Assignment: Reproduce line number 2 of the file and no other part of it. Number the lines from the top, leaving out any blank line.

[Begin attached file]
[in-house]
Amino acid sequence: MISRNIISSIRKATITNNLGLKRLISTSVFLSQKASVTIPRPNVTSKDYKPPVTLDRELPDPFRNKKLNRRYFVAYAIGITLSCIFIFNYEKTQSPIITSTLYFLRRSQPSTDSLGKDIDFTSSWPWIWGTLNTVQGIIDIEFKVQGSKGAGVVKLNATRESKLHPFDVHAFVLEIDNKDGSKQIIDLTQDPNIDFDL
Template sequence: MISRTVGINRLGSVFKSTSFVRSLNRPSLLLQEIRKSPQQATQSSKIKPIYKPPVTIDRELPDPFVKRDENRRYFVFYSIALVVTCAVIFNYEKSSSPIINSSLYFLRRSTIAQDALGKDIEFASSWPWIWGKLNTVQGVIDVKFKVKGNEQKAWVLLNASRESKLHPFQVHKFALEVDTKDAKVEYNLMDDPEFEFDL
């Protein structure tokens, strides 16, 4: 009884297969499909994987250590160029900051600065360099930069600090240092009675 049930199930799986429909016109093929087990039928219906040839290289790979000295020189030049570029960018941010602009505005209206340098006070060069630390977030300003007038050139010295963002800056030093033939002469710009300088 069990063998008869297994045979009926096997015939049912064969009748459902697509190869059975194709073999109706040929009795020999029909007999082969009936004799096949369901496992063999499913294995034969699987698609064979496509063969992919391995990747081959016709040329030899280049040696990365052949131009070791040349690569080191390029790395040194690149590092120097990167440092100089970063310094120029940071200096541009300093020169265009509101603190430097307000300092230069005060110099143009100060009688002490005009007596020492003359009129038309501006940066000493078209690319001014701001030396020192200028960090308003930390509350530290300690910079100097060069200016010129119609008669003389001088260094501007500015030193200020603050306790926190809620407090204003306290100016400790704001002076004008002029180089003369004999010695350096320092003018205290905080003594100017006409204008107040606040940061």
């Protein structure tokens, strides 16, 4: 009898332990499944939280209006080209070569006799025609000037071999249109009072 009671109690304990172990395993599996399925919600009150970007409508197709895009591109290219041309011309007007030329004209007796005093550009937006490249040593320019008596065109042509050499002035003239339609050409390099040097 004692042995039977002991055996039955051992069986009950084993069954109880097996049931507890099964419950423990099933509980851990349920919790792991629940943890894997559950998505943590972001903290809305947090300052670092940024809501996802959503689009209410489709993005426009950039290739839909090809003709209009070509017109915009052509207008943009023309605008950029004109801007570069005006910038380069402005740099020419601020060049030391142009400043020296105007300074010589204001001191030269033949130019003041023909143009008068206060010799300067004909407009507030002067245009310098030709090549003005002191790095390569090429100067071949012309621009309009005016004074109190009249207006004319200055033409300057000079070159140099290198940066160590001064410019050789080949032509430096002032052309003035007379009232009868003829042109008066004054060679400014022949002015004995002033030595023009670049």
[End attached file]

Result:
Amino acid sequence: MISRNIISSIRKATITNNLGLKRLISTSVFLSQKASVTIPRPNVTSKDYKPPVTLDRELPDPFRNKKLNRRYFVAYAIGITLSCIFIFNYEKTQSPIITSTLYFLRRSQPSTDSLGKDIDFTSSWPWIWGTLNTVQGIIDIEFKVQGSKGAGVVKLNATRESKLHPFDVHAFVLEIDNKDGSKQIIDLTQDPNIDFDL